Nicholas Robson brings the choir of London’s Holland Park School for an afternoon concert in his home city of Chichester.
They will perform in Chichester Cathedral – where Nicholas was himself a chorister –on Saturday, January 28 at 2pm (free concert, no tickets required).
Nicholas, deputy head at the comprehensive, said: “The choir was conceived in 2012. It was a small group of six or seven students to start with. There was not a lot of music happening, certainly not classical or choral, and in 2012, we did a first performance. We did a bit of Faure’s Requiem and sang a small section. People were very supportive indeed. There had been some pop singing in the school, three or four girls and a piano, and I didn’t want to entirely depart from that, but having sung in the cathedral as a seven-year-old, my background has been the choral tradition. Holland Park School is a very aspirational school trying to ensure that the students from all sorts of backgrounds have access to western culture and western music.
“It prides itself on trying to get people to do things that they would not otherwise be doing at home. For some of the students, it will be the first time they have travelled outside the M25.”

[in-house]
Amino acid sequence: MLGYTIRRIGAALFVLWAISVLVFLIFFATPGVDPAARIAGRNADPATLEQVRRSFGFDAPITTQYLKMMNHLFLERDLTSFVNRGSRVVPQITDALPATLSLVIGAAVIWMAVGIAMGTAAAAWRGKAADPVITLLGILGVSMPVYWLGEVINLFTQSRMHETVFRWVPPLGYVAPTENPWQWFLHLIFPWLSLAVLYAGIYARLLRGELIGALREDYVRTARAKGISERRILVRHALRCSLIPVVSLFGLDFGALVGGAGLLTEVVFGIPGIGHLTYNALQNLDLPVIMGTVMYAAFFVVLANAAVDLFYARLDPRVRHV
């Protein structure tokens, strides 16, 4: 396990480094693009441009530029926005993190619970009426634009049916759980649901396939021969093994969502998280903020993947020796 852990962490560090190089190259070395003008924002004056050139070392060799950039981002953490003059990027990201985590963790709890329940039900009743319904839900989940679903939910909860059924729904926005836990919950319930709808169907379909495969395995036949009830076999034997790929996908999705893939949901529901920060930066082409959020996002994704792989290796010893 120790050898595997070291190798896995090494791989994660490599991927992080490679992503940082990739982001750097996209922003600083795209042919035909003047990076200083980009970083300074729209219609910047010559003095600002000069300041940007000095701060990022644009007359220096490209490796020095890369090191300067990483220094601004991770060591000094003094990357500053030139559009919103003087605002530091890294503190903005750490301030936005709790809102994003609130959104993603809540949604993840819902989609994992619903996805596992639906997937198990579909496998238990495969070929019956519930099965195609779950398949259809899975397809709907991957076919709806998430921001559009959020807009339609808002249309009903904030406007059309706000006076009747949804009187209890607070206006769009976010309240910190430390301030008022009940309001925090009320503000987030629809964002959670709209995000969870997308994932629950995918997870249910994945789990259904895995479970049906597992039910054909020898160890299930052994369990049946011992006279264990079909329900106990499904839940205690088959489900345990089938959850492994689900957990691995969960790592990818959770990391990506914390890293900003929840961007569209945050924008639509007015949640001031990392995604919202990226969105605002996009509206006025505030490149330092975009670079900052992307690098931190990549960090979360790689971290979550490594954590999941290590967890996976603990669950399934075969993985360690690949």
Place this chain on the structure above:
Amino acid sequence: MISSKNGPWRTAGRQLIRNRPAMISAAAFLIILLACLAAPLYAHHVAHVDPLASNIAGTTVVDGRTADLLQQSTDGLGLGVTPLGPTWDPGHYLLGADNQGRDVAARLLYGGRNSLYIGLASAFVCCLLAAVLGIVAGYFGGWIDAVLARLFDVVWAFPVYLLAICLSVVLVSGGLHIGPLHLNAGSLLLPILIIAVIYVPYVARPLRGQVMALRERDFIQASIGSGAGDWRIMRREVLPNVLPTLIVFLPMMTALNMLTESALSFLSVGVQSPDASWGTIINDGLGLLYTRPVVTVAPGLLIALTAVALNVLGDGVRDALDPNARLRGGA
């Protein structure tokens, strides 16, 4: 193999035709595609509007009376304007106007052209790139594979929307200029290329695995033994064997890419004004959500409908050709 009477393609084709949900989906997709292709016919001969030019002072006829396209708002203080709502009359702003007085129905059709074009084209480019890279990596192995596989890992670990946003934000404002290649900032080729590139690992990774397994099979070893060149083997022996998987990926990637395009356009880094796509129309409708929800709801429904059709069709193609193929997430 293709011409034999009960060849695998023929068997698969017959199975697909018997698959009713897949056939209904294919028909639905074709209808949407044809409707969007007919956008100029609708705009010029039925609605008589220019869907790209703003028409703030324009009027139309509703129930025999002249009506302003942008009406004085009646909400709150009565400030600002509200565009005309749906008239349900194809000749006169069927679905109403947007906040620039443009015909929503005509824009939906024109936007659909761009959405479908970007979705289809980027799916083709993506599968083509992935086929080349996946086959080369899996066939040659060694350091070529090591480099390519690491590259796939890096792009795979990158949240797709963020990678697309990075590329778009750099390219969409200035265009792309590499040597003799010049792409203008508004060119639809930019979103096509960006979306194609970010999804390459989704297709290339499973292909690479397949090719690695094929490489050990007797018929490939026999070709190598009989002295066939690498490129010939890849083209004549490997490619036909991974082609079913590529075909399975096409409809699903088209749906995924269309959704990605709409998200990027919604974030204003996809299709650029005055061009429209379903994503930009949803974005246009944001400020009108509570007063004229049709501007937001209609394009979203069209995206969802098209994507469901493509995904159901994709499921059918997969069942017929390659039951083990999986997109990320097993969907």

The choir stretches to 40, but will be around 25 for their Chichester date. In age, they range from 11 to 17.
“The choir has developed very well. We have established a repertoire. We had a big influx at the start of the school year, and we are trying to make sure they all know the music that the others know. We toured to Paris two years ago, and we sang in Durham Cathedral last year. We thought we would be closer to home this year, but next year we are planning to go to Italy. Hopefully we will do Rome and Florence.
“My interest has always been in Renaissance choral music, and in the programme, there will be quite a lot by English composers of the 16th and 17th centuries, Tallis and Byrd and Gibbons, and in addition to the sacred music, we will have some secular music. We will also branch out into some Victorian music with some Parry and also some Elgar, and we also do a variety of modern music as well.
“It’s great. We have got a burgeoning group of 40 students that are desperate to sing. It has been wonderful to see how they have gone from just being a group of reluctant girls.
“We have been singing in assembly all the way through, but the first time we had to have them behind a screen, the shameful realisation that they are teenagers that sing! But we have moved on and they have gained in confidence. We sang in the round, and now they are singing directly to the audience. In the past couple of years, we have done some large choral works. We sang Mozart’s Requiem this December and Handel’s Messiah the year before. There have been some significant landmarks for them. Both works are hugely challenging and take a lot of time to teach.
“But the students get a wonderful sense of camaraderie.”
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